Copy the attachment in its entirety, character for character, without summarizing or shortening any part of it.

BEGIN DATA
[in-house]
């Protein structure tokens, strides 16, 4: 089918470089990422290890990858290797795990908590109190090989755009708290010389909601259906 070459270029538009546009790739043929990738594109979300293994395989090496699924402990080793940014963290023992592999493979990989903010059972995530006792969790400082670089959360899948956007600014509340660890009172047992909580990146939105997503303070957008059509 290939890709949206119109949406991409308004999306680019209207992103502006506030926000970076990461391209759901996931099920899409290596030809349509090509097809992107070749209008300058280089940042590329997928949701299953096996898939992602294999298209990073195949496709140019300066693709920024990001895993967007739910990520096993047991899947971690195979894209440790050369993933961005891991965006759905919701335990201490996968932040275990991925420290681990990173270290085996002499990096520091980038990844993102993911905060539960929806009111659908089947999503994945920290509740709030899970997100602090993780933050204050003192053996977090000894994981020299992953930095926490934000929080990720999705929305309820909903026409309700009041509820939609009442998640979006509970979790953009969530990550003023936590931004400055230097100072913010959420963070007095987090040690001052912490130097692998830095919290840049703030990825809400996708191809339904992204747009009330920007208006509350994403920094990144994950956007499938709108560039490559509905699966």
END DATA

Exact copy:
[in-house]
């Protein structure tokens, strides 16, 4: 089918470089990422290890990858290797795990908590109190090989755009708290010389909601259906 070459270029538009546009790739043929990738594109979300293994395989090496699924402990080793940014963290023992592999493979990989903010059972995530006792969790400082670089959360899948956007600014509340660890009172047992909580990146939105997503303070957008059509 290939890709949206119109949406991409308004999306680019209207992103502006506030926000970076990461391209759901996931099920899409290596030809349509090509097809992107070749209008300058280089940042590329997928949701299953096996898939992602294999298209990073195949496709140019300066693709920024990001895993967007739910990520096993047991899947971690195979894209440790050369993933961005891991965006759905919701335990201490996968932040275990991925420290681990990173270290085996002499990096520091980038990844993102993911905060539960929806009111659908089947999503994945920290509740709030899970997100602090993780933050204050003192053996977090000894994981020299992953930095926490934000929080990720999705929305309820909903026409309700009041509820939609009442998640979006509970979790953009969530990550003023936590931004400055230097100072913010959420963070007095987090040690001052912490130097692998830095919290840049703030990825809400996708191809339904992204747009009330920007208006509350994403920094990144994950956007499938709108560039490559509905699966």